In McIntyre v. Docherty, the Ontario Court of Appeal considered what principles should govern claims for damages for loss of housekeeping capacity in personal injury actions. The detailed analysis undertaken by the panel is certain to become the standard used to evaluate such claims from now on.
The context in which this issue arose for consideration by the Court of Appeal was a commonplace one. The plaintiff had been injured in a car accident and had suffered soft tissue injuries. At trial, the jury awarded non-pecuniary general damages of $92,500, damages for “past housekeeping inefficiency” in the amount of $5,000, damages for past loss of housekeeping capacity of $10,400 (the plaintiff had sought $41,000) and damages for future loss of housekeeping capacity of $44,535 (the plaintiff had sought $179,500).
The defendant appealed, arguing that the $5,000 award for housekeeping inefficiently should have been included as part of the non-pecuniary damages for pain and suffering and not treated as a separate head. With respect to the award of $10,400 for past loss of housekeeping capacity, the defence contended that no damages should be recoverable because the evidence was that the plaintiff had been assisted with housekeeping work by her family members, who had not asked for compensation. Counsel argued that any claim of this sort should be made under s. 61 of the Family Law Act, and no such claim had been made here.
At first blush, what jumps out of the ruling is the C.A.’s affirmation that it is not appropriate to evaluate a plaintiff’s claim for loss of past housekeeping by reference to replacement value. This proposition was advanced in Fobel v. Dean – a 1991 decision of the Saskatchewan Court of Appeal. However, the C.A. also seemed to accept that the replacement cost values were relevant in assessing the non-pecuniary damages – another proposition put forth in Fobel.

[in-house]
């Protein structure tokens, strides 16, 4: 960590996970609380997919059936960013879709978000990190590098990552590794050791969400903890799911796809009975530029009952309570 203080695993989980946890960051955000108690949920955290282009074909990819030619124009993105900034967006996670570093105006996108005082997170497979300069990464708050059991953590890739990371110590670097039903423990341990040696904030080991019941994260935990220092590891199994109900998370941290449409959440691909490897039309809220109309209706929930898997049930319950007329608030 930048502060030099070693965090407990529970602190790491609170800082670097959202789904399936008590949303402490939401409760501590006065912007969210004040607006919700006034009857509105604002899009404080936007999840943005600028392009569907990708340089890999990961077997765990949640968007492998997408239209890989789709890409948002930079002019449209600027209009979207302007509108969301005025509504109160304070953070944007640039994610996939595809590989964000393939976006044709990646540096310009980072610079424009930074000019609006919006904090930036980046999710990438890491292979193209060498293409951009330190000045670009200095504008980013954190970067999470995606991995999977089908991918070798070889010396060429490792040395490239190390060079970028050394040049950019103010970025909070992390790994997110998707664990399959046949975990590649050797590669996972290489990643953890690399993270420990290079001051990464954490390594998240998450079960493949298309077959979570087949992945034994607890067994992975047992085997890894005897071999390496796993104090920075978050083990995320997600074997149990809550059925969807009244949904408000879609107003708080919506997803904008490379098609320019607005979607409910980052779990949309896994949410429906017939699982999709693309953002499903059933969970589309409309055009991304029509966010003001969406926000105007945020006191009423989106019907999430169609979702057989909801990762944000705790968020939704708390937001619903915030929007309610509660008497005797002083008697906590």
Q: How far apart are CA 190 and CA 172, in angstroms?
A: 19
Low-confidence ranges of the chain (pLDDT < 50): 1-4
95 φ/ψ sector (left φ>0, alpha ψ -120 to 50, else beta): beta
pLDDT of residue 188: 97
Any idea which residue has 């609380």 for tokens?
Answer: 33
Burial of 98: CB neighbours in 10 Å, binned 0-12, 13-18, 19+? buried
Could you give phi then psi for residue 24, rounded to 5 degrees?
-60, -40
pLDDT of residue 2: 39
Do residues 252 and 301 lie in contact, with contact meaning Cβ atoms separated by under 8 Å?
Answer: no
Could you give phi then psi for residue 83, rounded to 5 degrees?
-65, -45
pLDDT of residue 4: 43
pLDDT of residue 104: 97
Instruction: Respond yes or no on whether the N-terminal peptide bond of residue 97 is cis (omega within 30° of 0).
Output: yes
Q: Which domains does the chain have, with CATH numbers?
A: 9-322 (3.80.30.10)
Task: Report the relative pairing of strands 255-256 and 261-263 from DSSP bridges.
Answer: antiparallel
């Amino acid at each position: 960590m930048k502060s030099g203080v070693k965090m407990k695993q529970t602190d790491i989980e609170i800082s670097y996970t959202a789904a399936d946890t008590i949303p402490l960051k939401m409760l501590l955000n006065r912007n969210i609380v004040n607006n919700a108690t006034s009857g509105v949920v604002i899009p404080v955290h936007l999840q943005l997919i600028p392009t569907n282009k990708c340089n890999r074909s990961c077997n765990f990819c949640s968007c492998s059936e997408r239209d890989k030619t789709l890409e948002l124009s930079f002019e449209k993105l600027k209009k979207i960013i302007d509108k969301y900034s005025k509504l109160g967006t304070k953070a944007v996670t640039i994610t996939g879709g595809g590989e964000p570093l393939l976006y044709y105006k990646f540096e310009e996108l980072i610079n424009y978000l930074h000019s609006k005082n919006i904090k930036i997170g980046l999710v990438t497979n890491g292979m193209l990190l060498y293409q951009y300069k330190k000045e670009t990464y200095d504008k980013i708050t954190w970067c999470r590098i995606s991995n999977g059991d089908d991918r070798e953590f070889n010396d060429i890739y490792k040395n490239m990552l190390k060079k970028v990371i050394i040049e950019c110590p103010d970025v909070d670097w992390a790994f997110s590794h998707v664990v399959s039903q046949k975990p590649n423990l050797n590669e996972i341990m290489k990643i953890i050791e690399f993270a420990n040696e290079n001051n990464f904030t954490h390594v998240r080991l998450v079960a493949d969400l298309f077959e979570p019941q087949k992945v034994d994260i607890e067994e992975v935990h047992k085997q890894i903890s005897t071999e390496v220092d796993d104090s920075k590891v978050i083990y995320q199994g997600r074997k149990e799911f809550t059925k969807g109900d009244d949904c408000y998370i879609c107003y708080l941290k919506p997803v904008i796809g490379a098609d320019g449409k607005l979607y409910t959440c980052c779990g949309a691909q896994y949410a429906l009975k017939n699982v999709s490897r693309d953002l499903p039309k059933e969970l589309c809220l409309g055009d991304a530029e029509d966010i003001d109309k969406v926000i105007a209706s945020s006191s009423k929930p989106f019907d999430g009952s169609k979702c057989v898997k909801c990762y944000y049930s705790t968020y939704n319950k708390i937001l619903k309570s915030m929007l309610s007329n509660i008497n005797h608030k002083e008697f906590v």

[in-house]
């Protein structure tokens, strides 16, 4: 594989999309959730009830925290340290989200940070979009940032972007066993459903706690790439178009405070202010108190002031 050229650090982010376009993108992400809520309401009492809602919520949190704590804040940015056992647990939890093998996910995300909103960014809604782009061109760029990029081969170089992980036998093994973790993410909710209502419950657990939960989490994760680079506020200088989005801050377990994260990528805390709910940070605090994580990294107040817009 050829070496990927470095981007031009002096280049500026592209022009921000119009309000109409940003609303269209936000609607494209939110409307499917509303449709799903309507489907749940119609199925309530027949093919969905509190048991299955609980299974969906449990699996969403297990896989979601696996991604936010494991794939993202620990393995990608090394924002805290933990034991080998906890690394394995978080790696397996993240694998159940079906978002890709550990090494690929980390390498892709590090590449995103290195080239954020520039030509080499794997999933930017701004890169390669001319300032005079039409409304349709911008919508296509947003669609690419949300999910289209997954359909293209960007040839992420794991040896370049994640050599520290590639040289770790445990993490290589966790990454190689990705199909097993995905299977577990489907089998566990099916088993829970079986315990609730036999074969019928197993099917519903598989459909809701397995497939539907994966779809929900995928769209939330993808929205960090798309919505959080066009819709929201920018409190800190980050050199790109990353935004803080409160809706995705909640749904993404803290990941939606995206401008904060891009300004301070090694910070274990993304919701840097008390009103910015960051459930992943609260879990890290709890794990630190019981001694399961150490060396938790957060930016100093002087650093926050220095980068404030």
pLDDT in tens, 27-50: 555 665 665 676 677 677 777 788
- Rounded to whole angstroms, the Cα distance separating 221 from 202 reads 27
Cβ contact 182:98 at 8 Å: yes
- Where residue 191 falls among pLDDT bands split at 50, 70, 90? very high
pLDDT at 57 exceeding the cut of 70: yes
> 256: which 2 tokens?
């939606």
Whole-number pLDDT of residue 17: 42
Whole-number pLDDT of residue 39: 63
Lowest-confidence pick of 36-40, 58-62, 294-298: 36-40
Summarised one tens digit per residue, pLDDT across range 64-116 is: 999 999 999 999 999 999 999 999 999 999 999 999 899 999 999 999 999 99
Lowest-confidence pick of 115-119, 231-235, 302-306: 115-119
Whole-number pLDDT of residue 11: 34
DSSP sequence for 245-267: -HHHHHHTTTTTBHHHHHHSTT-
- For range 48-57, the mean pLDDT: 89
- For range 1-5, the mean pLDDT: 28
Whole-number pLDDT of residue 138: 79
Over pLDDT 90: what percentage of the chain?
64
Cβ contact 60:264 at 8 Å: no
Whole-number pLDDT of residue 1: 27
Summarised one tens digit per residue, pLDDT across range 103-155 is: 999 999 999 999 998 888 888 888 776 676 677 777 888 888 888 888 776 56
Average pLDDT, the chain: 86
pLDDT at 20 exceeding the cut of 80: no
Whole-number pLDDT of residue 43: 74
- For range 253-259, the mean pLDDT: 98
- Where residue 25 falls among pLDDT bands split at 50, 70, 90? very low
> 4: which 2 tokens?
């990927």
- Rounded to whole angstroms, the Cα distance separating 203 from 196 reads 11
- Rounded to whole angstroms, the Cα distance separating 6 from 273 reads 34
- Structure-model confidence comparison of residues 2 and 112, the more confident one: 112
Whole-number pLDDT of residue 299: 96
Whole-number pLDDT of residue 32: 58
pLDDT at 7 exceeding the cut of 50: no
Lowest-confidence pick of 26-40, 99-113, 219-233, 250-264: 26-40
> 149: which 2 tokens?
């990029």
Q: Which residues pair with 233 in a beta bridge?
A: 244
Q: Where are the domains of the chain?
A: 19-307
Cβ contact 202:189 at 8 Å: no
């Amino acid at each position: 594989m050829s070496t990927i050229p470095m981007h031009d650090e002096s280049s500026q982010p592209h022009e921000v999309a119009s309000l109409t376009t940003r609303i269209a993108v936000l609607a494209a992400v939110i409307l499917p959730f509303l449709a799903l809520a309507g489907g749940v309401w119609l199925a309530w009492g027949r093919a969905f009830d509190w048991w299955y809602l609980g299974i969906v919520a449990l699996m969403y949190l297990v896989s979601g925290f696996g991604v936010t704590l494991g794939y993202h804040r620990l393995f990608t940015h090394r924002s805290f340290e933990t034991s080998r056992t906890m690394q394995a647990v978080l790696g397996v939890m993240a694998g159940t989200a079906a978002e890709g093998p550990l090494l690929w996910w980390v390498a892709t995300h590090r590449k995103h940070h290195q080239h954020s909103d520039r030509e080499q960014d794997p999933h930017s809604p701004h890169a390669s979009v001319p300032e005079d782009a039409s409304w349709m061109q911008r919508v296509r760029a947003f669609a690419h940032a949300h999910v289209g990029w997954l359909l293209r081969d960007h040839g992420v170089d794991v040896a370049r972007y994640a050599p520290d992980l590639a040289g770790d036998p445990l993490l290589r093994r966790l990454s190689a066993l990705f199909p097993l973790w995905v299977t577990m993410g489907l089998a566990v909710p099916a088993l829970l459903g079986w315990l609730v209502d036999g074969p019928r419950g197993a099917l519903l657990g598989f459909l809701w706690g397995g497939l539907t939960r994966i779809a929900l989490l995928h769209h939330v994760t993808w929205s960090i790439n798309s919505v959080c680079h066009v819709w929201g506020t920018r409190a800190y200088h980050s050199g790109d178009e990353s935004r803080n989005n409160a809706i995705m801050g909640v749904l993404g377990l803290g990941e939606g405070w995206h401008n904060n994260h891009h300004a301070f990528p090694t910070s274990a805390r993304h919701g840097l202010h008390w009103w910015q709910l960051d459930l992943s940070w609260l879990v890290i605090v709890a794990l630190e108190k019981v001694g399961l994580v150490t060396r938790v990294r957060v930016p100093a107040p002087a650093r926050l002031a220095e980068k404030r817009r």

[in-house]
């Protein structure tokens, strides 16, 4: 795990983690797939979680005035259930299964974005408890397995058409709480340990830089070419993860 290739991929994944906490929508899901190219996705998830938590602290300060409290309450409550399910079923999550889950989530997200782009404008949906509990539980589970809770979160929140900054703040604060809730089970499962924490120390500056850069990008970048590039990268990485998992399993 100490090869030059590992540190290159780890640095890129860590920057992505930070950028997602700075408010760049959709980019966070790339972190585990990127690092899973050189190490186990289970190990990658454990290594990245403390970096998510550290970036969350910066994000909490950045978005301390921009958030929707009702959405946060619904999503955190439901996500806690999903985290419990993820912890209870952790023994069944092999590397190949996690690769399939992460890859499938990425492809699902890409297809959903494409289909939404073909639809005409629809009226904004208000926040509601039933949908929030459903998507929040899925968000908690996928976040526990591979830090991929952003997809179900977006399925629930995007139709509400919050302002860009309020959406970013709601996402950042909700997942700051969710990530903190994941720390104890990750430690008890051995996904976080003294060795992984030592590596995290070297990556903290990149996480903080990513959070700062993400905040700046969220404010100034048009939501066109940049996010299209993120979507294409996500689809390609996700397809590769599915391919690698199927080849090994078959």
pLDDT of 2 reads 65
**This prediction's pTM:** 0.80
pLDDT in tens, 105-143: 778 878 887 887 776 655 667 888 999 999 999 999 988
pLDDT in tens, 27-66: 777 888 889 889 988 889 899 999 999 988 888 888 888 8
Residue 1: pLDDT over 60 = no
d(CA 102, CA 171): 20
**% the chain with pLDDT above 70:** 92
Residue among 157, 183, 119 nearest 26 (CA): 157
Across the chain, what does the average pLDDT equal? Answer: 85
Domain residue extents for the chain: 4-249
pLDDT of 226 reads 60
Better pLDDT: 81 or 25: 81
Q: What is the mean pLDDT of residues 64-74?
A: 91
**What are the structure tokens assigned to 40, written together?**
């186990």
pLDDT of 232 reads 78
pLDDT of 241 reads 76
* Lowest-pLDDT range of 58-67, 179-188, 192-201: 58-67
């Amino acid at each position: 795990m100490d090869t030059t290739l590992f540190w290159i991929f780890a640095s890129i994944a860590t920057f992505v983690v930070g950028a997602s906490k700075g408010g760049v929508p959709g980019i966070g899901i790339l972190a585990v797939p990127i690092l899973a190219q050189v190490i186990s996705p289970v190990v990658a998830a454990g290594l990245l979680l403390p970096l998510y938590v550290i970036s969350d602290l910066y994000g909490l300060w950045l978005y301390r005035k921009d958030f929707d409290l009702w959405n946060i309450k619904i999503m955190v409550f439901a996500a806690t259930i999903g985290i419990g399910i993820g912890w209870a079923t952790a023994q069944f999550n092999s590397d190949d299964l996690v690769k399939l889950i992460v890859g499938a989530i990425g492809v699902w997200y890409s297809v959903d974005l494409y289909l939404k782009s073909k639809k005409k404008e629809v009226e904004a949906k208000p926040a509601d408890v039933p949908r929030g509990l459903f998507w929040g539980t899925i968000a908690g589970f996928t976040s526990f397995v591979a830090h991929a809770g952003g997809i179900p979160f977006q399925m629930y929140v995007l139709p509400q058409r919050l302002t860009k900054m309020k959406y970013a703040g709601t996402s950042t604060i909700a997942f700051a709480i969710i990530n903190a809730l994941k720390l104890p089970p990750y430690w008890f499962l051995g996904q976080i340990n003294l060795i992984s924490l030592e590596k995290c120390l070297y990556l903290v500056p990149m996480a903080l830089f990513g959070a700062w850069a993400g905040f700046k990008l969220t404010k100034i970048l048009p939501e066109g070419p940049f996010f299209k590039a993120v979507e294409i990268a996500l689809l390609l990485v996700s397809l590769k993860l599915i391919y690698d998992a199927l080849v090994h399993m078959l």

McIntyre suggests that the damages for past loss of housekeeping, in circumstances where expenses haven’t actually been incurred by the party claiming them, should be valued at something less than the replacement cost. Unfortunately, the Court did not explain how the replacement cost values should be used or considered in assessing non-pecuniary damages for past loss of housekeeping. The Court did make it clear though, that since Fobel, many courts have placed too much emphasis on replacement cost values to assess past housekeeping losses.
It seems that while the C.A. said that past housekeeping losses are not to be compensated by reference to replacement value, this is not the case for future housekeeping losses. The panel said that it is unnecessary for the plaintiff to satisfy the court of an intention to employ third-party help in order to receive a pecuniary award for future loss. The C.A. said it is for the plaintiff to decide whether he or she will employ a homemaker or whether he or she will struggle with her housekeeping and spend the damage award on luxuries that would otherwise be unavailable.
The focus of the decision was on assessing the value of the pre-trial loss of housekeeping claim for an injured party – not an FLA claimant who is entitled to damages pursuant to section 61 of the FLA. (In fact, the appellants argued that the injured party couldn’t receive an award for loss of housekeeping when a family member performed the work without pay since that family member would be entitled to pursue the claim pursuant to section 61 of the FLA.)